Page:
All lights on The Thing remained green. It was ready to do its job.

Course change to a heading of 264 degrees.

“Initial Point.”

Hiroshima’s morning sky was bright and clear. Perfect weather.

Below soldiers did their calisthenics.

Below a doctor was administering a shot.

Below a sixteen year old girl drove a tram.

Below two women arrived at the bank where they worked.

The pilot knew the city like the back of his hand from studying maps, photographs and radar pictures. He headed straight to the Aiming Point.

From below: “Top alert.”

“On goggles,” the pilot directed his crew to put on their goggles to shelter their eyes from the blast of The Thing they were about to drop. Only the pilot, the bombardier and the electronic countermeasures man did not slip their eyewear over their eyes. They needed their naked eyes to do their jobs.

Hiroshima in the bombardier’s viewfinder.

The plane began its three-and-a-half minute run.

The pilot: “Stand by.”

Below a nurse sterilized hospital tools.

Below a group of boys played hide-and-go-seek.

Below a woman had breakfast with her two children and her husband. He read the “Chugoku Shimbun” daily newspaper.

One of the women in the bank wiped a desk top. A soldier removed his shirt.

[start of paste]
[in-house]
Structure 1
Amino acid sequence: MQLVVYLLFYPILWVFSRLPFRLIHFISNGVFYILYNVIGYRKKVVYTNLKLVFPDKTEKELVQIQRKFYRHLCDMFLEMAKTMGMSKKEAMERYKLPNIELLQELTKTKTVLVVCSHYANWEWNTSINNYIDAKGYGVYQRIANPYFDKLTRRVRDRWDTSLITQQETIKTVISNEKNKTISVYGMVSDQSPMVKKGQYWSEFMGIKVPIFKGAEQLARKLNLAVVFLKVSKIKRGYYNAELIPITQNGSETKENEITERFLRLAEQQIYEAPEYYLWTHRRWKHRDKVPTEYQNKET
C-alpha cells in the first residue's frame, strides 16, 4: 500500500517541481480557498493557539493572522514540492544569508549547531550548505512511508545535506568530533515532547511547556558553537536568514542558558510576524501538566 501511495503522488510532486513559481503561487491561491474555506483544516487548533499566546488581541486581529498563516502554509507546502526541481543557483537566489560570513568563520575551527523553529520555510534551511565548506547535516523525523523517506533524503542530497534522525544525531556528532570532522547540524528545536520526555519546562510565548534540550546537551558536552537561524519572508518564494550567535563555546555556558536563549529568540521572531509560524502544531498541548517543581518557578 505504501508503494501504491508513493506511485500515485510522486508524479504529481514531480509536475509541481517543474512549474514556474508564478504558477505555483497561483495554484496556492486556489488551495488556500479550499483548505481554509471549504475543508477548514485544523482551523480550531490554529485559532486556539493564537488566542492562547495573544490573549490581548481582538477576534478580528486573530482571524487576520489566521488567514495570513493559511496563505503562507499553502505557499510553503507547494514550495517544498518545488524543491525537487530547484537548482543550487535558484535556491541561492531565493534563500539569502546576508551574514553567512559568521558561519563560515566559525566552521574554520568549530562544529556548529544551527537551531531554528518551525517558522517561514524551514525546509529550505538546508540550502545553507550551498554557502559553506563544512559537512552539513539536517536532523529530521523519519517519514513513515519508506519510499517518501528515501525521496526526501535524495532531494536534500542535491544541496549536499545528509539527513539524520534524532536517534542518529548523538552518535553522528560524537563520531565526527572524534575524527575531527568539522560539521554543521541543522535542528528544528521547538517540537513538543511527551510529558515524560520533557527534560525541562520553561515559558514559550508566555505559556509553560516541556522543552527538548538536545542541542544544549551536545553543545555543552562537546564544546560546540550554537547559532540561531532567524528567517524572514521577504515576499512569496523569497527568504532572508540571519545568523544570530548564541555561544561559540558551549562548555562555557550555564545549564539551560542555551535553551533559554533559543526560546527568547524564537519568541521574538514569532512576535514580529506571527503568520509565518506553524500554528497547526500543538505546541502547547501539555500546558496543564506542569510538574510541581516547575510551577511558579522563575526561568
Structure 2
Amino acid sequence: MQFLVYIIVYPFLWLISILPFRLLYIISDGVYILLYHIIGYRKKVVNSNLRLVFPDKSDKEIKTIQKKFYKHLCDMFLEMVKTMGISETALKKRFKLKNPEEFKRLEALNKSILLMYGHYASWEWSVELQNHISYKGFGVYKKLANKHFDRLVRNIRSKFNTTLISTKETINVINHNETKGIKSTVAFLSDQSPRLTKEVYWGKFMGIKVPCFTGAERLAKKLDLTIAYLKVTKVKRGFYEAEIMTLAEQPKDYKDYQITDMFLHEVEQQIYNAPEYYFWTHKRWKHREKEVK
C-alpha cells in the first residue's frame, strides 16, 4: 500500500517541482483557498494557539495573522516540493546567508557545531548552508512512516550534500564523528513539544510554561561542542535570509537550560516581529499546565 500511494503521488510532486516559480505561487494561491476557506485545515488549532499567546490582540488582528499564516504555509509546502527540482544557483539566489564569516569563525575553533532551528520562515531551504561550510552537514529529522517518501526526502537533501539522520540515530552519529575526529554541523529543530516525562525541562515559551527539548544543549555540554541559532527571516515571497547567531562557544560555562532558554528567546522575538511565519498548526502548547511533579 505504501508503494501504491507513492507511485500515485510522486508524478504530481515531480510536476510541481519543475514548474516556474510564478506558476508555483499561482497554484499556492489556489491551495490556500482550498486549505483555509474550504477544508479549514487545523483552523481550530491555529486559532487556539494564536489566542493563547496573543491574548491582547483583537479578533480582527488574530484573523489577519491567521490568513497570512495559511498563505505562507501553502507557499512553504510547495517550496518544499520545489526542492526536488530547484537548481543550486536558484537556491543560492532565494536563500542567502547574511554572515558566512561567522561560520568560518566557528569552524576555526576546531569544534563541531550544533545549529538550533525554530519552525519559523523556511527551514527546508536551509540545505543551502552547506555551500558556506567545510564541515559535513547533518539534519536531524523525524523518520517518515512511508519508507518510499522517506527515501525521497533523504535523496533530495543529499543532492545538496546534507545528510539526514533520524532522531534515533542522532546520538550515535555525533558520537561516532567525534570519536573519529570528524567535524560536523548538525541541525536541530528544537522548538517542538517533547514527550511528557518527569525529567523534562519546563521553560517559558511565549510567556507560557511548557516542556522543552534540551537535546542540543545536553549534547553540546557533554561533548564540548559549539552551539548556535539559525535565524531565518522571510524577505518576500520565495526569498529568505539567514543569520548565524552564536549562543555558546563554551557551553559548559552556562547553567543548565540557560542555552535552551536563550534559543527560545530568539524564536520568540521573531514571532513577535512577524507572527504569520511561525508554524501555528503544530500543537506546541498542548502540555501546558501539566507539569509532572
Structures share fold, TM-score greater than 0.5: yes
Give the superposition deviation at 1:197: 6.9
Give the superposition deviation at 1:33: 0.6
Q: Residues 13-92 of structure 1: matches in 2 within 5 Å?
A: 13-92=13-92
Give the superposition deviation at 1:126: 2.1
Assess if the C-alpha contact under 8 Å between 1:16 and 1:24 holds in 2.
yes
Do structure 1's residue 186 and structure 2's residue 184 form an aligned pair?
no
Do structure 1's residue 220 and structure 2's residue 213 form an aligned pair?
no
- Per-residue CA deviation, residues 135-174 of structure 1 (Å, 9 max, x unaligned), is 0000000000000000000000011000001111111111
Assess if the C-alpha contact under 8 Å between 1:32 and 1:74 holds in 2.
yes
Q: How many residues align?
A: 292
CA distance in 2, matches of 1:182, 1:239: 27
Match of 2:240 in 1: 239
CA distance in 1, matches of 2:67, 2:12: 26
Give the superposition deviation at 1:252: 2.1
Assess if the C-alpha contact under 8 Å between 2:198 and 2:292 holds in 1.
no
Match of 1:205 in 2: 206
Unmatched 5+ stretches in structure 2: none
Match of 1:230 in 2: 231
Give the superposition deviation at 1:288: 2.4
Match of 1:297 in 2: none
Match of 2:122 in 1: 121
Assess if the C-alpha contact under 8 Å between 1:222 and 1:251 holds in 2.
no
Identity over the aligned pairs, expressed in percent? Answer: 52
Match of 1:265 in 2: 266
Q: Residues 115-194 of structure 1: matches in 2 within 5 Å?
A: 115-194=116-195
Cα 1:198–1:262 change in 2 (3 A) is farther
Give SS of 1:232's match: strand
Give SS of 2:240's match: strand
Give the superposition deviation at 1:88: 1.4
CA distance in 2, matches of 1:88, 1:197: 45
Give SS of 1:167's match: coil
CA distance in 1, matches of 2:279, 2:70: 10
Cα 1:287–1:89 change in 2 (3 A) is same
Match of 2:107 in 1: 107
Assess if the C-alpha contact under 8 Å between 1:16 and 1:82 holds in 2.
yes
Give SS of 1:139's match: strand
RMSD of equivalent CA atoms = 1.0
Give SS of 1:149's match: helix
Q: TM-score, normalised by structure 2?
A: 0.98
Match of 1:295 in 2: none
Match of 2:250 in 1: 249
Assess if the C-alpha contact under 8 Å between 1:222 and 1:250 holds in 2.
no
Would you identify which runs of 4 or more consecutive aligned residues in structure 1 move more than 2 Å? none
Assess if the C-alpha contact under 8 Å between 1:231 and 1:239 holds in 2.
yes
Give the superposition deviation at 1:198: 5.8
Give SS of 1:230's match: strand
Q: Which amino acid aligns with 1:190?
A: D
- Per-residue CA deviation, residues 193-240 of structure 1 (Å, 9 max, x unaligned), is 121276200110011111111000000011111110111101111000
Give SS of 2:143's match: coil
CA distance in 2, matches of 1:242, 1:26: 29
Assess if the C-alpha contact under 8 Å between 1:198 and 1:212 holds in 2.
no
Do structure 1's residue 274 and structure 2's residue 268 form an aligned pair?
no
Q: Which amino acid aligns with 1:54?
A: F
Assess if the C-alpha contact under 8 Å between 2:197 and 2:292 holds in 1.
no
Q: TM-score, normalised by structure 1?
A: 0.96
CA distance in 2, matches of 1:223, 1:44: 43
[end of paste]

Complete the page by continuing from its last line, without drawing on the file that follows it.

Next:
The Aiming Point of the T-shaped Aioi Bridge came into the bombardier’s cross hairs. “I’ve got it.”

Fifteen seconds.

The doctor looked up and saw the Enola Gay. Just one plane. Nothing to worry about.

8:15:17 a.m. Enola Gay’s bay doors opened. The Thing dropped from its restraining hook. Freed of the five tons, the B29 lurched upward. The pilot swung the plane into a 155 degree right turn and a steep power dive. The bay doors shut.

The Thing wobbled, then picked up speed.

Below Field Marshall Hata dressed for a meeting.

Korean Prince RiGu cantered his horse on the Aioi Bridge

Radio Hiroshima broadcast an air raid warning. Thousands of workers stopped what they were doing and hurried toward the “safe areas”.

The Enola Gay now five miles from the Aiming Point and heading out of the city.